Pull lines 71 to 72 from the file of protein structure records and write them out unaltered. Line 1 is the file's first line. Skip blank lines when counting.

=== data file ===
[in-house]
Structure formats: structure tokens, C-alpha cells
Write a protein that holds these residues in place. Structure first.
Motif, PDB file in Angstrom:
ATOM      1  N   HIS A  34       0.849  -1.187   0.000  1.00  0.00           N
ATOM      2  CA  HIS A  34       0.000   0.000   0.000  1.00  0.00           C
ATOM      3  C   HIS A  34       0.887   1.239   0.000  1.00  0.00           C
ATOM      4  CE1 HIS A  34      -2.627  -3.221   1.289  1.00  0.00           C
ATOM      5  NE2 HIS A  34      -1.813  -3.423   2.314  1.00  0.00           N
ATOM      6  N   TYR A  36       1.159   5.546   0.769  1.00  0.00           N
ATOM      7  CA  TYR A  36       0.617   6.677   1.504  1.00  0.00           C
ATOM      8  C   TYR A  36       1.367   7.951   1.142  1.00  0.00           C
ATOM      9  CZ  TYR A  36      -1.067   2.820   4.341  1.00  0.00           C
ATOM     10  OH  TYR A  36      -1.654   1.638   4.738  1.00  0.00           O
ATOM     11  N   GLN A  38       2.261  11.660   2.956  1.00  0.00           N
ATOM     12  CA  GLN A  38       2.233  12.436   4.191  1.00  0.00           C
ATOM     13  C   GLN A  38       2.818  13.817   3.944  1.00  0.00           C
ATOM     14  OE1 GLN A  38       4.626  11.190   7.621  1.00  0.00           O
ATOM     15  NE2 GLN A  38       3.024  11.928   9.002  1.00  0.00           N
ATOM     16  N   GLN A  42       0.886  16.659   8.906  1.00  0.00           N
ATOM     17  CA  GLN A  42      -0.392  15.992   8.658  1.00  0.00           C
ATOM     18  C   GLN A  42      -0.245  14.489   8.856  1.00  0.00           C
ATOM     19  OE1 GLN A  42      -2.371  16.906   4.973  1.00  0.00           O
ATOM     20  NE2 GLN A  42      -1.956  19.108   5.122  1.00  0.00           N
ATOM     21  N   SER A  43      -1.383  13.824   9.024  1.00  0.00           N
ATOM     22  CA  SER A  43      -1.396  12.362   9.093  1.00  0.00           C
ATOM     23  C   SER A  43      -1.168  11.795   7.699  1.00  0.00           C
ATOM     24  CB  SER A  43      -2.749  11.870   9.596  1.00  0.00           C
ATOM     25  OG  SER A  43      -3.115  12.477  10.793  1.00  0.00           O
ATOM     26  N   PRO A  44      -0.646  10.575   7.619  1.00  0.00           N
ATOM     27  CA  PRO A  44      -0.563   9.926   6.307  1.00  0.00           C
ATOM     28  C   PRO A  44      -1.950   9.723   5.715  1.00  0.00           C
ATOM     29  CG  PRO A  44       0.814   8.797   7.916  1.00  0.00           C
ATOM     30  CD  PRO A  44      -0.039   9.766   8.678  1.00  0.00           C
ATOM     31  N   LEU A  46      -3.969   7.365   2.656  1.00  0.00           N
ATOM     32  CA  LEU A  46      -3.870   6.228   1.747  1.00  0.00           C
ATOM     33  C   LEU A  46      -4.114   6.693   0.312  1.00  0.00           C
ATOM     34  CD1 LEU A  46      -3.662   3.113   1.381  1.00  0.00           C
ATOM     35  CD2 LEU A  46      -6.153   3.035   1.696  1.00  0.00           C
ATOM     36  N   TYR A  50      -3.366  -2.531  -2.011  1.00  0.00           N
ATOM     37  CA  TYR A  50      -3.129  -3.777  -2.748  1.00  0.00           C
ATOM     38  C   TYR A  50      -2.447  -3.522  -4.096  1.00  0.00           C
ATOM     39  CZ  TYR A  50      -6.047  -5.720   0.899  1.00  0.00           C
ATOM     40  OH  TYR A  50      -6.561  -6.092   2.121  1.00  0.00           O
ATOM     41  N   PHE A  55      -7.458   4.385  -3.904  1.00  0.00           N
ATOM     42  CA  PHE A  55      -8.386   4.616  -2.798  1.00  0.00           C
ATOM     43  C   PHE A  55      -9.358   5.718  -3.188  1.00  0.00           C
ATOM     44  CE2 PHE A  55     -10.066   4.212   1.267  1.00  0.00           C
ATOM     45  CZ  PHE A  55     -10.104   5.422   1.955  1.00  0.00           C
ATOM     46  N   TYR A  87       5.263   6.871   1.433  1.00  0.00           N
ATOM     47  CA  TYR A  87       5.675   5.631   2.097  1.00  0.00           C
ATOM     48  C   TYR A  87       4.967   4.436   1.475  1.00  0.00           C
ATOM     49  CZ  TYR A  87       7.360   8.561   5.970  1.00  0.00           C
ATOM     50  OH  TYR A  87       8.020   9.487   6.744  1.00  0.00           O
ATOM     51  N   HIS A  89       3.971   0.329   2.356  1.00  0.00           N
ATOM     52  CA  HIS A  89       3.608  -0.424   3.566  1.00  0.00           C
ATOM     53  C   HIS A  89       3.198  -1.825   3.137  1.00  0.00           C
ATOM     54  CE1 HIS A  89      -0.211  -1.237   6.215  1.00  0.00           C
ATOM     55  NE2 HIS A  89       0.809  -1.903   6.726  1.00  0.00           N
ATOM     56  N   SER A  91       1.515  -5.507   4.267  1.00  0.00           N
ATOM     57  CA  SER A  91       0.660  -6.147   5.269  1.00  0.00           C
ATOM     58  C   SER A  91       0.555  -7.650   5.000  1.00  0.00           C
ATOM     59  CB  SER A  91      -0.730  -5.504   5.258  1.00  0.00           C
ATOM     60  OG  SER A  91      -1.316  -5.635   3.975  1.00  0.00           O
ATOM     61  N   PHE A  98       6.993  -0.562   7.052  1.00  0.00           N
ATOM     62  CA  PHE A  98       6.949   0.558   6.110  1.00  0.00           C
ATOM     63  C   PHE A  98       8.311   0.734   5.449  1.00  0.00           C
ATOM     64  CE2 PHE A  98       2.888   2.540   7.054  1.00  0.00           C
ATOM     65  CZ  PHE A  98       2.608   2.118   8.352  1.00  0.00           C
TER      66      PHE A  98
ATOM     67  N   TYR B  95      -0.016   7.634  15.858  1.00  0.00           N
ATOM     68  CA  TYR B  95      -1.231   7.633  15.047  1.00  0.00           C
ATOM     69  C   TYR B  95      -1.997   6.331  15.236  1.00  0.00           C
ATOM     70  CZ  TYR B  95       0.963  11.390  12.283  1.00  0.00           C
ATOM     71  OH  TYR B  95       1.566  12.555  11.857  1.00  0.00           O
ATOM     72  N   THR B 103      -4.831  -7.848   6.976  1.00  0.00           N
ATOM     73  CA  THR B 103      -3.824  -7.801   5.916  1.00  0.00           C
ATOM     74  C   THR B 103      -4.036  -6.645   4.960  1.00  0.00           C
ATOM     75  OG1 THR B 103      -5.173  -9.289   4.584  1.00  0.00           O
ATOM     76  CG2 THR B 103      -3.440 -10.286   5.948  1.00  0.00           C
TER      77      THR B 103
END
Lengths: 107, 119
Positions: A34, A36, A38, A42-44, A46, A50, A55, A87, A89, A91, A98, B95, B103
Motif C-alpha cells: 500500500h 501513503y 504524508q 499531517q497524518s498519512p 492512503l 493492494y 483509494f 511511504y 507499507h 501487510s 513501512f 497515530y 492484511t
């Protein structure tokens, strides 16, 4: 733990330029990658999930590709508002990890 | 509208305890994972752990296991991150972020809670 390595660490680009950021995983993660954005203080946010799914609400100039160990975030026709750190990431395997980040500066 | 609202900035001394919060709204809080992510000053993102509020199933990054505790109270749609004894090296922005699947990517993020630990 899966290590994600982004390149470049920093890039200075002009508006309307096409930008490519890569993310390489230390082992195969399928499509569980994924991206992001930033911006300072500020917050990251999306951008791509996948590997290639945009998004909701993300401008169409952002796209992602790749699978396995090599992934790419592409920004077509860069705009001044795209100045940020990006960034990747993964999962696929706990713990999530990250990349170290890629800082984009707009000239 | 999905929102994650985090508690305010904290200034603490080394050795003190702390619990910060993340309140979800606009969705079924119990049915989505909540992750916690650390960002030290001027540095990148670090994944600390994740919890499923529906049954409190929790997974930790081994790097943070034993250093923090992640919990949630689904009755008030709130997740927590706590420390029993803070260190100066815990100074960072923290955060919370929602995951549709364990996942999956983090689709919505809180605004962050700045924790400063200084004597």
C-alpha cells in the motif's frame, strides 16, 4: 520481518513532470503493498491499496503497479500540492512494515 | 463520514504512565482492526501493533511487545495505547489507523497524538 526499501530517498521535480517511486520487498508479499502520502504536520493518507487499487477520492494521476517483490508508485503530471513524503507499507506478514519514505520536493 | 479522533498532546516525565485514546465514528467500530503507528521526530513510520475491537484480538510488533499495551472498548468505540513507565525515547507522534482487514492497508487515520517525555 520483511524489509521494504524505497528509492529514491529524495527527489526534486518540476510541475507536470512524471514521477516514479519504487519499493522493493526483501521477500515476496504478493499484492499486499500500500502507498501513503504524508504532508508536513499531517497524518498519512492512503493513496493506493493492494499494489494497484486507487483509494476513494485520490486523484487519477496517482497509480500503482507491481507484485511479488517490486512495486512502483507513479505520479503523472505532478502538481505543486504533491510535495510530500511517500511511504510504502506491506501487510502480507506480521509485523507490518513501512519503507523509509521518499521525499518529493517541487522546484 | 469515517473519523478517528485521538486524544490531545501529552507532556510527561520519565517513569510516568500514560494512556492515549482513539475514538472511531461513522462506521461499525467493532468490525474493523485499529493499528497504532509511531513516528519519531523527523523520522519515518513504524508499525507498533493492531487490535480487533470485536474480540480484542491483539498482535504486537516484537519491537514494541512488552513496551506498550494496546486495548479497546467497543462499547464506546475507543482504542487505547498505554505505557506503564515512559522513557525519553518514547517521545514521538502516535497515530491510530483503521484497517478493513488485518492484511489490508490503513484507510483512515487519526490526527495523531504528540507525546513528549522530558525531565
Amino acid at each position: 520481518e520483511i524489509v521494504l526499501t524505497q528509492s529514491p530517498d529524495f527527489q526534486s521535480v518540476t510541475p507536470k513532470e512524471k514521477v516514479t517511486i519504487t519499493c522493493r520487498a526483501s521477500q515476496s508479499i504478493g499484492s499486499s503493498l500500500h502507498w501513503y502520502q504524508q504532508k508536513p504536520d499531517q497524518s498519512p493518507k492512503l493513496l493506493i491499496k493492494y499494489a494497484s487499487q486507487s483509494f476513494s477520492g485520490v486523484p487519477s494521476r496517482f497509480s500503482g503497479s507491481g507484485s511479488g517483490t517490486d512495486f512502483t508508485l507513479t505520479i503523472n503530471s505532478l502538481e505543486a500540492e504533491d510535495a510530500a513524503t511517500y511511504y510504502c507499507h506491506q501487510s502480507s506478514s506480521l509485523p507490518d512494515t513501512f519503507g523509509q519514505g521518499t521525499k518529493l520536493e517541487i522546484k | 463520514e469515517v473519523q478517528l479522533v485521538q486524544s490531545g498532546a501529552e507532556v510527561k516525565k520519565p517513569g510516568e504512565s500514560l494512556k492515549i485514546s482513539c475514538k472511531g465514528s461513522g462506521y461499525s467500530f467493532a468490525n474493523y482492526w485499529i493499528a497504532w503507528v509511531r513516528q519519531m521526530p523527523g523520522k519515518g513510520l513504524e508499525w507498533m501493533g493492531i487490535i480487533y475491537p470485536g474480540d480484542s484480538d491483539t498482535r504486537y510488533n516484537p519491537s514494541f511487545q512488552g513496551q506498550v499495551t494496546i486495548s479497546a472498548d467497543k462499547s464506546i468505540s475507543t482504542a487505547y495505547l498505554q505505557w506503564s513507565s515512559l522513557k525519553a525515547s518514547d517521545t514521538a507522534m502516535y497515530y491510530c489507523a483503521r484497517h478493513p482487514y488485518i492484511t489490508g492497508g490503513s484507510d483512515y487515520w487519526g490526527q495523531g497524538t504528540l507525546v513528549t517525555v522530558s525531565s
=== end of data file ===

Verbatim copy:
ATOM     67  N   TYR B  95      -0.016   7.634  15.858  1.00  0.00           N
ATOM     68  CA  TYR B  95      -1.231   7.633  15.047  1.00  0.00           C